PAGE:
دانلود مقاله ISI انگلیسی شماره 6400
عنوان فارسی مقاله

جور کننده درج خطی چند منظوره بر اساس یک طرح FIFO

کد مقاله سال انتشار مقاله انگلیسی ترجمه فارسی تعداد کلمات
6400 2009 9 صفحه PDF سفارش دهید محاسبه نشده
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عنوان انگلیسی
A versatile linear insertion sorter based on an FIFO scheme
منبع

Publisher : Elsevier - Science Direct (الزویر - ساینس دایرکت)

Journal : Microelectronics Journal, Volume 40, Issue 12, December 2009, Pages 1705–1713

کلمات کلیدی
- انتخاب سخت افزار - جورکننده خطی
پیش نمایش مقاله
پیش نمایش مقاله جور کننده درج خطی چند منظوره بر اساس یک طرح FIFO

چکیده انگلیسی

A linear sorter based on a first-in first-out (FIFO) scheme is presented. It is capable of discarding the oldest stored datum and inserting the incoming datum while keeping the rest of the stored data sorted in a single clock cycle. This type of sorter can be used as a co-processor or as a module in specialized architectures that continuously require to process data for non-linear filters based on order statistics. This FIFO sorting process is described by four different parallel functions that exploit the natural hardware parallelism. The architecture is composed of identical processing elements; thus it can be easily adapted to any data lengths, according to the specific application needs. The use of compact identical processing elements results in a high performance yet small architecture. Some examples are presented in order to understand the functionality and initialization of the proposed sorter. The results of synthesizing the proposed architecture targeting a field programmable gate array (FPGA) are presented and compared against other reported hardware-based sorters. The scalability results for several sorted elements with different bits widths are also presented.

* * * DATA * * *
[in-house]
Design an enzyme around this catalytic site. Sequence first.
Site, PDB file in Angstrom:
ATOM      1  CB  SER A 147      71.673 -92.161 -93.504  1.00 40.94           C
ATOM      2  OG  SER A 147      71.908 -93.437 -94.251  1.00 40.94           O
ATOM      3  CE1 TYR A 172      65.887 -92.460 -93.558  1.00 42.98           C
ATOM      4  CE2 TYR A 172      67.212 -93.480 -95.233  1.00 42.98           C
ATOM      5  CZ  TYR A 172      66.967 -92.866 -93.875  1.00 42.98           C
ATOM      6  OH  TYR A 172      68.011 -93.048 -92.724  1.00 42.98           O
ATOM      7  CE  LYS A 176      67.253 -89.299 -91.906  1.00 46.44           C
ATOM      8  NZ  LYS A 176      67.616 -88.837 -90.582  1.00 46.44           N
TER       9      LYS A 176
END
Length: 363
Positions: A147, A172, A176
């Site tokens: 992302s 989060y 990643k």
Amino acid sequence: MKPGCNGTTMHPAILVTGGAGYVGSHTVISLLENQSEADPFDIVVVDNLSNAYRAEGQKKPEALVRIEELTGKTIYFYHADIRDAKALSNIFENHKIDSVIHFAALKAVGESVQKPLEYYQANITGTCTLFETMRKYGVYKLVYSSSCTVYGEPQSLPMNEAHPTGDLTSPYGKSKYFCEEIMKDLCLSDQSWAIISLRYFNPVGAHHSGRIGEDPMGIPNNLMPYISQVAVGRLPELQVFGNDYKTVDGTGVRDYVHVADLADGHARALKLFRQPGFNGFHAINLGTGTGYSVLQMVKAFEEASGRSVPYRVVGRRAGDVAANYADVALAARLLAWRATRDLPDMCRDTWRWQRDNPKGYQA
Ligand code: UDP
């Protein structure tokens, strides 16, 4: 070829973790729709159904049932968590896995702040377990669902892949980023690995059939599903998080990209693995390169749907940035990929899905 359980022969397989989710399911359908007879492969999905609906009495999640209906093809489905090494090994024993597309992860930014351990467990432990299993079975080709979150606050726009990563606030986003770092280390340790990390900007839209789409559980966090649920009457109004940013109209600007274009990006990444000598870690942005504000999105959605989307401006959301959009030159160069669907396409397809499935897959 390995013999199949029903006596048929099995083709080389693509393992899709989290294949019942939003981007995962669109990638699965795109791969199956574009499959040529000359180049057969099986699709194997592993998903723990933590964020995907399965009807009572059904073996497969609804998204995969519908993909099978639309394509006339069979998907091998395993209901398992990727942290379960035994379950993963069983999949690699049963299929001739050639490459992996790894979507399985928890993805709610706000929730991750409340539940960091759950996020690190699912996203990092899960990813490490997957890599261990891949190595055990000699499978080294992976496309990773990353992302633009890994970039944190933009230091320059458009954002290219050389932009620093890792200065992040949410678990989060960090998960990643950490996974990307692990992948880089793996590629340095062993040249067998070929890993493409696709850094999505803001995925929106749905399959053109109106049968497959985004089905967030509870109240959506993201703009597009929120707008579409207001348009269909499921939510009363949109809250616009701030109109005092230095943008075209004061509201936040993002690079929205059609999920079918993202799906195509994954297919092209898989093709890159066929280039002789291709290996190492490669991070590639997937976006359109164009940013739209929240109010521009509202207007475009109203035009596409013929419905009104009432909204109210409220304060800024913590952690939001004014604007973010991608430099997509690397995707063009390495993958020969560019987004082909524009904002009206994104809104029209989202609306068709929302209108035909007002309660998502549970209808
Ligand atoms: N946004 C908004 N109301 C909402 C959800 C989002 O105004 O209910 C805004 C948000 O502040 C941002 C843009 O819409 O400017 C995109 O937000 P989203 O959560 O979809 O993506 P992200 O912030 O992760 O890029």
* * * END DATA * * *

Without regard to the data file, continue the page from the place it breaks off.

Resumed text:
مقدمه انگلیسی